The best path for Washington's offense might be balance, and trying to emulate the Eagles model from 2017. Carson Wentz played most of the season at an elite level, but he spread the ball around to a number of targets and leaned heavily on his tight ends. It helped that the Eagles ran the ball very well too. 

Could the 'Skins do something similar? Alex Smith is known to spread the ball around, and if Jordan Reed and Derrius Guice can produce this fall, the offenses might be similar. 

The answer can't be force enough balls to one wideout to ensure a 1,000 yard season. That won't work. 

There might be another way to consider. Of the three NFC teams that made the 2017 playoffs without a 1,000-yard wideout, two found a lot of success throwing to a running back.

The Panthers leading WR was Devin Funchess with 840 receiving yards. Their second best receiver? Rookie running back Christian McCaffrey. 

The Rams leading WR was Cooper Kupp with 869 receiving yards. Their second best receiver? Running back Todd Gurley.

See a pattern?

Before breaking his leg in November, Chris Thompson had more than 500 receiving yards. He still finished as the team's fourth-leading receiver despite playing only 10 games. 

The offensive path to playoff success for Washington might not hinge on a true 1,000-yard wideout like it does for many teams. Full, healthy seasons from Jordan Reed or Chris Thompson could make up for deficiencies at other skill positions. It also remains possible Doctson, Crowder or Richardson make the four digit leap. 

Having a 1,000-yard receiver seems like a nice option for a good offense, and that's proven by nearly 70 percent of recent NFC playoff teams. Still, other paths remain to the postseason, and increased production at tight end and running back can go a long way. 


— Contract years: Redskins face 5 tough decisions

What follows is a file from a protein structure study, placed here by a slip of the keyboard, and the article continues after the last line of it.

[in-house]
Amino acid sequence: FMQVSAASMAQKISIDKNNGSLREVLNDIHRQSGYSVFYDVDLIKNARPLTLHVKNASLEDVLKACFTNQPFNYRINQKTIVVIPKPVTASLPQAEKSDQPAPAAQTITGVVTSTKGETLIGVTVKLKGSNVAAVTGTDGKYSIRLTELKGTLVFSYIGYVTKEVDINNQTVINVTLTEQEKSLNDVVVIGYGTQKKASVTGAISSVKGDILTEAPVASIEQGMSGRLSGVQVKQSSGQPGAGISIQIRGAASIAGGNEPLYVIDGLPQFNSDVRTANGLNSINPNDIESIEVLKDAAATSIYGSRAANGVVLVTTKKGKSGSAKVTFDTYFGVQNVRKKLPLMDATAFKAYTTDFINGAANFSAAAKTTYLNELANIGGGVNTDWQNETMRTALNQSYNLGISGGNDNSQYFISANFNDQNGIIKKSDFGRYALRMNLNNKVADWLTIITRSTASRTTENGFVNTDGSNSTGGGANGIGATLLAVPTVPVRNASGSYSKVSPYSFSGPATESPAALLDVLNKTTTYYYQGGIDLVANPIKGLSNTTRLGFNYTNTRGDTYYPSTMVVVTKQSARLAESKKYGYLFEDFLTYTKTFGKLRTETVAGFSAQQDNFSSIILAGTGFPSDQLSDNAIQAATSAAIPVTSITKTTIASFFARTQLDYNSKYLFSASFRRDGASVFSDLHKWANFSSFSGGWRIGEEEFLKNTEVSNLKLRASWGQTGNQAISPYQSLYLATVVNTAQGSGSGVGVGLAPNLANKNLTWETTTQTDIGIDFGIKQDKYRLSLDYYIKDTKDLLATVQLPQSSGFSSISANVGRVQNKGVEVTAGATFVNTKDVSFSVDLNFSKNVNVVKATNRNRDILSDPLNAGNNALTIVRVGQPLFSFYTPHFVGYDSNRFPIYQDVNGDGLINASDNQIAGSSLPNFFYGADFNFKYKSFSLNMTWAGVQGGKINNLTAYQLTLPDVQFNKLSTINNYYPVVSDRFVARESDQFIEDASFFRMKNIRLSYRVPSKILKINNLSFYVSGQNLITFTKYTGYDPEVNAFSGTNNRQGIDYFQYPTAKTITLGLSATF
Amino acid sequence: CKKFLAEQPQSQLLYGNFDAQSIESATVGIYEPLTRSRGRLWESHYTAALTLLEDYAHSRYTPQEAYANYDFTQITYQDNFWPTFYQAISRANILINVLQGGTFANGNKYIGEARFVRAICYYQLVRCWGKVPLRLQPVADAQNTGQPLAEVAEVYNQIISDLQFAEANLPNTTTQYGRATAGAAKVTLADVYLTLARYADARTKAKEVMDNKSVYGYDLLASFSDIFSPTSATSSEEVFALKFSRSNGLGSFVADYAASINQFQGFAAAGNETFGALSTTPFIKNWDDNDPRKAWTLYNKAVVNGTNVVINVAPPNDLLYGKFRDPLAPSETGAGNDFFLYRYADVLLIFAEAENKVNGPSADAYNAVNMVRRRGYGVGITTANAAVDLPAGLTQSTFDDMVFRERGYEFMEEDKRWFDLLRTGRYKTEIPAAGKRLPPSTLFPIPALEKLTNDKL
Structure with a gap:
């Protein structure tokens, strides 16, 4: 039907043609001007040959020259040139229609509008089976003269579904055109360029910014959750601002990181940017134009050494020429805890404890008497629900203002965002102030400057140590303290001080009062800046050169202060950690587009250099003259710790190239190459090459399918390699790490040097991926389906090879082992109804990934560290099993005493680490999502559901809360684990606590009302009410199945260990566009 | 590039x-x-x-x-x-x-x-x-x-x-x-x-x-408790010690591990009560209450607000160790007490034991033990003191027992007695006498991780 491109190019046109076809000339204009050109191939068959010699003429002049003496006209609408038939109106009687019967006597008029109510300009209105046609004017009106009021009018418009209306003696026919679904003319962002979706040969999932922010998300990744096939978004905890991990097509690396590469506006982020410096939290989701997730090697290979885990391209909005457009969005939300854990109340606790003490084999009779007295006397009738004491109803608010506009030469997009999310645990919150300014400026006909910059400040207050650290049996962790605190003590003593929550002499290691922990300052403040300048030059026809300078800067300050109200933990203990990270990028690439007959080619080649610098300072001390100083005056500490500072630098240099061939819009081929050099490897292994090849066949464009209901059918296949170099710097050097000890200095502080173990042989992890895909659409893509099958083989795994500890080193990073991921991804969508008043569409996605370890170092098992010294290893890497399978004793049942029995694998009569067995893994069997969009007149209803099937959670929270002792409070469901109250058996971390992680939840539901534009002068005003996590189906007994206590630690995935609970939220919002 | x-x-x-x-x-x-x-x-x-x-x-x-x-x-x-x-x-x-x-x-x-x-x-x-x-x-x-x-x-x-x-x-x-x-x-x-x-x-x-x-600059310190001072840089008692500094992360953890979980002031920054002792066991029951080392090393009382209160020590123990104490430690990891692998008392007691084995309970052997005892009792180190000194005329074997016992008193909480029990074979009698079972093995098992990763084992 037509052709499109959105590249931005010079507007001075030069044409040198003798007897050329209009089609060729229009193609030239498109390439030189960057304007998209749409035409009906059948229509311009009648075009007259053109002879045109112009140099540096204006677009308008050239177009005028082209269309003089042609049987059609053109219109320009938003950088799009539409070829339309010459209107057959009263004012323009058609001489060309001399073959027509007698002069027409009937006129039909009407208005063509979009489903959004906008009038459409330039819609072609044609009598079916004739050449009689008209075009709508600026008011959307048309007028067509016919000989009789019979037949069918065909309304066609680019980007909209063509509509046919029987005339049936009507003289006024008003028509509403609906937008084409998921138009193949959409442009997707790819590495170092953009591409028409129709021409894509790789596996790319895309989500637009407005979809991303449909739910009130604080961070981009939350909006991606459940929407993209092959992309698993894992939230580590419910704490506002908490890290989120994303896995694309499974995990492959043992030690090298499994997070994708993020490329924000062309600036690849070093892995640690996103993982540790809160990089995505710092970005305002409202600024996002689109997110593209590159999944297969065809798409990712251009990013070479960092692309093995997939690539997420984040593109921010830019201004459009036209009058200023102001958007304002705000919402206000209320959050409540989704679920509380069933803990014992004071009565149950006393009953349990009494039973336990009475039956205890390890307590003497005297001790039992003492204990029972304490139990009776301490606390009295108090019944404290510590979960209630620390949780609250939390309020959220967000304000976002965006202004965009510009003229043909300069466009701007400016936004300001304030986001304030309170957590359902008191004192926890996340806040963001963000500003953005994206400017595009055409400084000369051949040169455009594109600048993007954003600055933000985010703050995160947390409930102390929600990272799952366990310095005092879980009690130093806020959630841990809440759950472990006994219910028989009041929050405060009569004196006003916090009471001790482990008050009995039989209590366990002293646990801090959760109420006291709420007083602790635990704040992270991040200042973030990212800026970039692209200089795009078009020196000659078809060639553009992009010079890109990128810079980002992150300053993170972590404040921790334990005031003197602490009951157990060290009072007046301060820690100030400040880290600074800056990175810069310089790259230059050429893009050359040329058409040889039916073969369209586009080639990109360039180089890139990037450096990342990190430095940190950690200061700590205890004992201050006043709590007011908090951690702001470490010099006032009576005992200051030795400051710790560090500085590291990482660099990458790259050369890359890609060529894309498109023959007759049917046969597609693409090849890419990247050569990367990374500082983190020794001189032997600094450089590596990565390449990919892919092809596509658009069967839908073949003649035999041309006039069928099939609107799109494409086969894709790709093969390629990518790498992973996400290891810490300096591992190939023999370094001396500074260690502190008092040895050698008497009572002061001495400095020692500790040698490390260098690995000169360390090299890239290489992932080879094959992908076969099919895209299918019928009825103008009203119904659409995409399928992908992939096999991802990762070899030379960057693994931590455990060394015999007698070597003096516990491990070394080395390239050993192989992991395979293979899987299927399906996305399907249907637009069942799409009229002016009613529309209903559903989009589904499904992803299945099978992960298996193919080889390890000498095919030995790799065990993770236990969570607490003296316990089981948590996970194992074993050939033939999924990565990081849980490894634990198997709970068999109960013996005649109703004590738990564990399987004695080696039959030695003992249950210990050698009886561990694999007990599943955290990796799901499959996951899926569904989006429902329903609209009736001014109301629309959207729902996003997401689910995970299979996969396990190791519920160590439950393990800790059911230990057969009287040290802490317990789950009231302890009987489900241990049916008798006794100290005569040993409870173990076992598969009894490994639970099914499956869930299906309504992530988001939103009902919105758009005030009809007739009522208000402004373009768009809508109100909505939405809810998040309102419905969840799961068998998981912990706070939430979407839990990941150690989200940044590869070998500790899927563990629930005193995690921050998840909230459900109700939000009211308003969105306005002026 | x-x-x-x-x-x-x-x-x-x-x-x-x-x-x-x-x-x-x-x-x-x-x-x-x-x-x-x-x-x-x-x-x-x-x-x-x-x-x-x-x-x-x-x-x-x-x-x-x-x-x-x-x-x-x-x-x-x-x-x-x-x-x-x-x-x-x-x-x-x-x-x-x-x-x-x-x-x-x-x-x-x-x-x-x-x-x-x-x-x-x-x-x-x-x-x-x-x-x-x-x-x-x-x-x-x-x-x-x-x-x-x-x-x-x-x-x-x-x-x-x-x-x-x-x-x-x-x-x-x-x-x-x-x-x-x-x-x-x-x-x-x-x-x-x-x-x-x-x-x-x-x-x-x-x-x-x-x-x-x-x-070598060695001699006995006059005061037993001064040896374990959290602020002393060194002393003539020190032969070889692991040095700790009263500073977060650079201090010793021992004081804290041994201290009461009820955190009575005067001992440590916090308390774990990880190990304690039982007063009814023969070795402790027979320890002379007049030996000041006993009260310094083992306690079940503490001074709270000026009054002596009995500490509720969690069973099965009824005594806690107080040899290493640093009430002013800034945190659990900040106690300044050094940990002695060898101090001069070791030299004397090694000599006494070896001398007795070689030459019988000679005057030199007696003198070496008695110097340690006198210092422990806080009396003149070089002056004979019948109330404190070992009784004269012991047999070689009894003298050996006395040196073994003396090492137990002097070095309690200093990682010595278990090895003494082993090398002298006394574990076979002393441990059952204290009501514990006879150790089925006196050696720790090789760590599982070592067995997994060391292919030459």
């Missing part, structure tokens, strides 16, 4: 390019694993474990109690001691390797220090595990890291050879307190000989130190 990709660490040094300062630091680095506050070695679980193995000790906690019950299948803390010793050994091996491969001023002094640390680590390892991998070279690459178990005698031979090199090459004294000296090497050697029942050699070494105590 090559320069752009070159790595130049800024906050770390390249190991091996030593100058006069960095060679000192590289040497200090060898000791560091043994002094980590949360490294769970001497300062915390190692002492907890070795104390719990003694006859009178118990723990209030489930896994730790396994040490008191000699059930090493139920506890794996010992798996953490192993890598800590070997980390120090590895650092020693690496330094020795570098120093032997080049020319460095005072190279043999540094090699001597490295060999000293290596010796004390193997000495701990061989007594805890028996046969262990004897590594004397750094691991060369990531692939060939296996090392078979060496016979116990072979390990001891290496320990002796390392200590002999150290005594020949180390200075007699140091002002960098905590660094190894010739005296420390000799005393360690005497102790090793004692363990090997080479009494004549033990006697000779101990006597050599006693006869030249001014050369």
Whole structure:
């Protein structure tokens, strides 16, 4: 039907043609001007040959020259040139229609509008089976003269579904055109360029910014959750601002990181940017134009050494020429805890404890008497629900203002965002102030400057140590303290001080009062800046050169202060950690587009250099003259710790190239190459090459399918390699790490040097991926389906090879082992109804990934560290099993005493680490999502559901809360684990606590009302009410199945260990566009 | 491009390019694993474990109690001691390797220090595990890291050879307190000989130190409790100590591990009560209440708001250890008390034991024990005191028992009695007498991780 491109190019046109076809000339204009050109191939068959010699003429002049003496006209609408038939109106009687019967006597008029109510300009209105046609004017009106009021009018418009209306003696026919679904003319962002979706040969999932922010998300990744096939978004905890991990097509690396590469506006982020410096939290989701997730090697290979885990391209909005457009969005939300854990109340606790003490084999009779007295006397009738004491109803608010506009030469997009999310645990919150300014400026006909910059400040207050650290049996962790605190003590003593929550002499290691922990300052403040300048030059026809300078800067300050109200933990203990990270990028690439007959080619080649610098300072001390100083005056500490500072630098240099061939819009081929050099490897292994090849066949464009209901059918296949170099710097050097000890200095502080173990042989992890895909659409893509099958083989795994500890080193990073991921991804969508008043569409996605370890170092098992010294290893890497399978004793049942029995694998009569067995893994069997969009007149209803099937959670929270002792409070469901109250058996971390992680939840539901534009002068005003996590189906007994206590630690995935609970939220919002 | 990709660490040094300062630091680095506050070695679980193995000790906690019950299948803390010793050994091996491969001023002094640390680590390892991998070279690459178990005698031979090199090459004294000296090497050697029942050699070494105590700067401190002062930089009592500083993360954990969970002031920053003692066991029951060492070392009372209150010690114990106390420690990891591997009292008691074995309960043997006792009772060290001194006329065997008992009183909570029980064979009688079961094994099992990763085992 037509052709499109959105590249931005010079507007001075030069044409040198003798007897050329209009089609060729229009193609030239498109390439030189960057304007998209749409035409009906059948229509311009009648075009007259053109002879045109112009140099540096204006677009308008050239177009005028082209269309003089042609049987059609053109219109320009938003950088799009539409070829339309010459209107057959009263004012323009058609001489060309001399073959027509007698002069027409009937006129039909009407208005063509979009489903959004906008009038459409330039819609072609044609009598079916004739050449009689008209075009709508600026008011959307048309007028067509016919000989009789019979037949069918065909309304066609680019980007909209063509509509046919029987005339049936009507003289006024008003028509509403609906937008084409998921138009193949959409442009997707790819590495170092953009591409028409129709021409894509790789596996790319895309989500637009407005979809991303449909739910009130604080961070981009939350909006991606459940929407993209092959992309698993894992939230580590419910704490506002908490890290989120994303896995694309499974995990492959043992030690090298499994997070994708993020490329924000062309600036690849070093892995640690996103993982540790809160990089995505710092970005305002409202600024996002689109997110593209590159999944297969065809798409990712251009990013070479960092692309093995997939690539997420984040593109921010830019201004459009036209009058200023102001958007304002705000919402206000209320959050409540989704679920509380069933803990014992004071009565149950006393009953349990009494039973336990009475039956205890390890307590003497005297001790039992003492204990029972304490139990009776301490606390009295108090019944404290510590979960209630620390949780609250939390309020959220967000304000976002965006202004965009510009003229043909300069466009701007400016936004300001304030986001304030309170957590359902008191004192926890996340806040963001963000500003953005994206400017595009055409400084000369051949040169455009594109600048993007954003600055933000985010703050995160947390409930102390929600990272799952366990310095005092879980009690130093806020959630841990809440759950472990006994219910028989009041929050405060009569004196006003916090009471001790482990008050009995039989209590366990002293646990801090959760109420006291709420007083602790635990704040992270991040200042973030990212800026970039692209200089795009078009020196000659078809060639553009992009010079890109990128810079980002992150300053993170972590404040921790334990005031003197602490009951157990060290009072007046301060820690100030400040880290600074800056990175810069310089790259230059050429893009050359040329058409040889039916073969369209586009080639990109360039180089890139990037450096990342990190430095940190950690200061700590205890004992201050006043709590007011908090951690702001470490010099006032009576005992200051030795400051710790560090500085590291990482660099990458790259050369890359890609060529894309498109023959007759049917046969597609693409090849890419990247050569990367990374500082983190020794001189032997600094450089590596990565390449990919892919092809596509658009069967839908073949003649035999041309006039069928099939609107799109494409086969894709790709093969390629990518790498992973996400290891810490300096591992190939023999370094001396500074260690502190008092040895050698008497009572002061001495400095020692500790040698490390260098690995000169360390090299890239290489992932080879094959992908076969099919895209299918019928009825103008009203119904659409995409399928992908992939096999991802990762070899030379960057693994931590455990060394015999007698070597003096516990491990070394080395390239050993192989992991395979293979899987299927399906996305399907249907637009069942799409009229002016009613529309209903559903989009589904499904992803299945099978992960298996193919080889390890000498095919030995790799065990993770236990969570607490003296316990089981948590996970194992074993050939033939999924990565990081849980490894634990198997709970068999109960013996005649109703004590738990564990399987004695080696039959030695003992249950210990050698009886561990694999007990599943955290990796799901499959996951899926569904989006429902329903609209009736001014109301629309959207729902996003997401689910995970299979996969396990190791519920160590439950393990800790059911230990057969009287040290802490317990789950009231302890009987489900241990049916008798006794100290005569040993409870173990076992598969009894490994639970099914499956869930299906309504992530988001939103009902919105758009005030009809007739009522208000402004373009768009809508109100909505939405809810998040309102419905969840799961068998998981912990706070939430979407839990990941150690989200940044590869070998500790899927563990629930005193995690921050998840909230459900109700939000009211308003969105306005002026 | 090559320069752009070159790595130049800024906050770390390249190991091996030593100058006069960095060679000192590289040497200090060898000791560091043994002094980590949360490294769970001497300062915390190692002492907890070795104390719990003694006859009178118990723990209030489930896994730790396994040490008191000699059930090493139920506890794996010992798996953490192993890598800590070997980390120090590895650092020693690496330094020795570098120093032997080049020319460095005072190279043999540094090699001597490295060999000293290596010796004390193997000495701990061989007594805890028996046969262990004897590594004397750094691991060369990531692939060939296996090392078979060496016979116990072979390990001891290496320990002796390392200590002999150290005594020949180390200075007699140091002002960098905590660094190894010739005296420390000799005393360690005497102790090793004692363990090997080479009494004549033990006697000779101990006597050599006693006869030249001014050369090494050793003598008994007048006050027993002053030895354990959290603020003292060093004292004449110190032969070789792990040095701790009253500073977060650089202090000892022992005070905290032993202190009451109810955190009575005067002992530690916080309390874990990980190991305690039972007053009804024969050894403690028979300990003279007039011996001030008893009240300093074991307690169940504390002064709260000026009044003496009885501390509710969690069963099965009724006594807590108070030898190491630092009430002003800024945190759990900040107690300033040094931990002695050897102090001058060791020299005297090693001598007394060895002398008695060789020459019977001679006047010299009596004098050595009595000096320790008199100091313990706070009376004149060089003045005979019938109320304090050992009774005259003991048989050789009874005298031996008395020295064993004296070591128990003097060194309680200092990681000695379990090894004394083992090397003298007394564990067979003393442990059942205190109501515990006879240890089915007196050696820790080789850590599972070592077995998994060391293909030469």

— Dead Money: Trades, misses and mistakes hurt Redskins salary cap


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Juan Soto's 2-run double carries Nationals past Orioles


Juan Soto's 2-run double carries Nationals past Orioles

WASHINGTON -- A teenager among men, Juan Soto has impressed his teammates on the Washington Nationals with his maturity and, even more so, his potent bat.

Soto hit a tiebreaking two-run double in the eighth inning, and Washington beat the Baltimore Orioles 4-2 Thursday night in the deciding matchup of a three-game interleague series between neighboring rivals.

Soto, a 19-year-old rookie, is batting .326 with 16 RBIs in 28 games. Starting in the cleanup spot for the first time, he drew a walk and delivered the game's pivotal hit.

"I think we're all amazed every single day," Washington ace Max Scherzer said. "He puts together great ABs. He has antics and has some flair. He's a great young player. He's just enjoying himself."

Bryce Harper led off the eighth with a double off Mychal Givens (0-4) and Trea Turner followed with a single. After Anthony Rendon struck out, Soto hit a liner into the gap in left-center.

"He's got unbelievable poise," Nationals manager Dave Martinez said of Soto. "No matter what the situation is, he goes out there with a game plan."

Whatever that plan is, it's effective.

"I just try to be focused and keep working," Soto said.

Rendon homered for the Nationals, who received seven strong innings from Scherzer and flawless work from their bullpen.

Newcomer Kelvin Herrera (1-0) pitched a 1-2-3 eighth inning and Sean Doolittle got three straight outs for his 20th save in 21 tries.

Seeking to end a rare run of two straight losses, Scherzer left a tied game after allowing two runs -- both on solo homers -- and striking out nine.

Afterward, the right-hander heaped praise upon Soto for the manner in which he's adapted to playing in the big leagues.

"He has a great feel for the strike zone," Scherzer said. "To have that type of eye, it's remarkable for him to be able to do that at this time and this age and this level."

Activated from the 60-day disabled list before the game, Colby Rasmus homered for the Orioles in his first at-bat since April 6.

"Me and Max, we go way back, so I felt real good," said Rasmus, who had been sidelined with a hip injury.

In addition, Rasmus made an outstanding throw from right field to the plate, nailing Wilmer Difo on a tag-up play in the seventh inning with the score tied.

Mark Trumbo also homered for Baltimore, his sixth of the season and third in four games.

Baltimore starter Kevin Gausman gave up two runs and four hits over six innings. The right-hander was lifted with the score tied, leaving him winless in his last seven starts.